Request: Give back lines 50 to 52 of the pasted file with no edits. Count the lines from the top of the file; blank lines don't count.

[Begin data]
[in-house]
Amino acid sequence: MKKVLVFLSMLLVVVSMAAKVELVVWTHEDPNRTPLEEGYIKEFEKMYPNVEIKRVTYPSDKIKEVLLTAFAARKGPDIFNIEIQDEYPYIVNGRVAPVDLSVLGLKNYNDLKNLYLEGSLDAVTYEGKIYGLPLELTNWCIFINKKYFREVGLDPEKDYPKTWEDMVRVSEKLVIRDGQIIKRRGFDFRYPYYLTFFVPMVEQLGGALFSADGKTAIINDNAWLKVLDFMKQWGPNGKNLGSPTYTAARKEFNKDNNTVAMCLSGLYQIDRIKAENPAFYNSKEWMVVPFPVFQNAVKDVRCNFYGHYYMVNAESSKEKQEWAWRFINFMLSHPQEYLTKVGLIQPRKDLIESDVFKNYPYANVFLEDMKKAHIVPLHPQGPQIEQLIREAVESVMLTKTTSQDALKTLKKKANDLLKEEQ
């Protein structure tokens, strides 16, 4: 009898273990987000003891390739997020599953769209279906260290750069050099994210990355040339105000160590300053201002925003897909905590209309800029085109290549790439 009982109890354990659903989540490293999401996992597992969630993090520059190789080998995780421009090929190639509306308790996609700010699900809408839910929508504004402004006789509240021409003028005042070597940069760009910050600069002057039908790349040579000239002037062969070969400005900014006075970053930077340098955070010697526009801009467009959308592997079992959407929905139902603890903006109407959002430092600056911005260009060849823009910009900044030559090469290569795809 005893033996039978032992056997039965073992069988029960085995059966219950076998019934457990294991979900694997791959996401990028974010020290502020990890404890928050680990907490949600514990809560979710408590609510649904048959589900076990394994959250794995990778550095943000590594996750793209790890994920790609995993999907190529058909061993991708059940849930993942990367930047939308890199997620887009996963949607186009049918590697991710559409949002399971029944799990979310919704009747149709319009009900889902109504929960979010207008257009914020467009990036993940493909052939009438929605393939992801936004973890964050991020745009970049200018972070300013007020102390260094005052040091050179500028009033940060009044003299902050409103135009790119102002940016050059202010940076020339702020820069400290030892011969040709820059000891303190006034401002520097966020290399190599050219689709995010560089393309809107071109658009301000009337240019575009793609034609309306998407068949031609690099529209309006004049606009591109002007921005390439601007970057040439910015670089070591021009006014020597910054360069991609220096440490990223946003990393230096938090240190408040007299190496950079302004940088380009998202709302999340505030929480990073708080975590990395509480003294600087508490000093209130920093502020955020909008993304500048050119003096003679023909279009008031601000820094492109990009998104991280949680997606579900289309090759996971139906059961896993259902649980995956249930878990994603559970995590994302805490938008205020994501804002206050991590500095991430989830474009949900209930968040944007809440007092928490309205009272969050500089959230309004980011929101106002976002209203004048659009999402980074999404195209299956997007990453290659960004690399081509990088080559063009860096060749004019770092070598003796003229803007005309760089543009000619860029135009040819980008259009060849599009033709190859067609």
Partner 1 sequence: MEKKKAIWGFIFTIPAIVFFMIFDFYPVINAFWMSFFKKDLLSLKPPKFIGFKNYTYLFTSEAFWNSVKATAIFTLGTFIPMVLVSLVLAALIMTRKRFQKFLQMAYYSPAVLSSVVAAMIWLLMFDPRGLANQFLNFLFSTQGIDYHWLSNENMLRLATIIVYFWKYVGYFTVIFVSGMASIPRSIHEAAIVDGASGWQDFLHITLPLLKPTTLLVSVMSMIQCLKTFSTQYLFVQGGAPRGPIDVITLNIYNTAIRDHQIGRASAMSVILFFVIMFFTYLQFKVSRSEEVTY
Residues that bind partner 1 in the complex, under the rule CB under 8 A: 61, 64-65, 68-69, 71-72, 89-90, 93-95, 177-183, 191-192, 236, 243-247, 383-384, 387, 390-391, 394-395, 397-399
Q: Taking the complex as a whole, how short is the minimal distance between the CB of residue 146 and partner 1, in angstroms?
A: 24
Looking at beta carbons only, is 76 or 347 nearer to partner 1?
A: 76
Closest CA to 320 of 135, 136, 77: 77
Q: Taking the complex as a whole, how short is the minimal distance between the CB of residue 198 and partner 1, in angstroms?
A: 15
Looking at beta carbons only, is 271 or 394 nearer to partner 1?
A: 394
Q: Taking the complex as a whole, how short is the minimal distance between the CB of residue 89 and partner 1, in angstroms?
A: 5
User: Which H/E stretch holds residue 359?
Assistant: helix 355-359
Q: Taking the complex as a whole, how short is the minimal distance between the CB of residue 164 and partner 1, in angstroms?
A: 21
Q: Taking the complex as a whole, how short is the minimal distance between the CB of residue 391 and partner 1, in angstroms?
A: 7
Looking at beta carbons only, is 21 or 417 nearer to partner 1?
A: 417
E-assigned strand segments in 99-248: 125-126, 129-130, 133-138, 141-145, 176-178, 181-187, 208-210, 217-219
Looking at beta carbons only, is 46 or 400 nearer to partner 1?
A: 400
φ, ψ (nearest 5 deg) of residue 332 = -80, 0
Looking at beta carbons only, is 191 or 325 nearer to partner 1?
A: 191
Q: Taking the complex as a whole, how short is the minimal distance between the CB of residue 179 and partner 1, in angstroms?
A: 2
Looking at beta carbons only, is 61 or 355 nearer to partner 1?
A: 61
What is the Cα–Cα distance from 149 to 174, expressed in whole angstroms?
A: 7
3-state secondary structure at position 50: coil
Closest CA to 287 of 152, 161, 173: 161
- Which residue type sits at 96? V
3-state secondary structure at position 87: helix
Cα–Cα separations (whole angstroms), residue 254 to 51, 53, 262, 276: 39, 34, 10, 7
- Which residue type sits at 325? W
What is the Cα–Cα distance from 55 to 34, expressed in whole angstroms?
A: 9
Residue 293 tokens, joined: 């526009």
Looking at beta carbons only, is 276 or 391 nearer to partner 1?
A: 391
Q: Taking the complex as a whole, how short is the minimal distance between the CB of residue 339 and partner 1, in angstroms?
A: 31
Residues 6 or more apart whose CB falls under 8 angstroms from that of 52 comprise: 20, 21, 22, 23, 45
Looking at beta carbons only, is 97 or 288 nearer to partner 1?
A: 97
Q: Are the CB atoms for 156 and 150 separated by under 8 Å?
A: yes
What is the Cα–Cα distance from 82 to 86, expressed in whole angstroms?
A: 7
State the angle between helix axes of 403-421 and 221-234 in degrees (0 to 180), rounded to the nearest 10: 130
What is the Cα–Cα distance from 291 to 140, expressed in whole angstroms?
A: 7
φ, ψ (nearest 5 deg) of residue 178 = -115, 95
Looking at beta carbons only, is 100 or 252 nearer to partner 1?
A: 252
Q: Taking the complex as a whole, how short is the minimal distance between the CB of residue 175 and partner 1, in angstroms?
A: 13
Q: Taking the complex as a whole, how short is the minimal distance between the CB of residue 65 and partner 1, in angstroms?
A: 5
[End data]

Residues 6 or more apart whose CB falls under 8 angstroms from that of 52 comprise: 20, 21, 22, 23, 45
Looking at beta carbons only, is 97 or 288 nearer to partner 1?
A: 97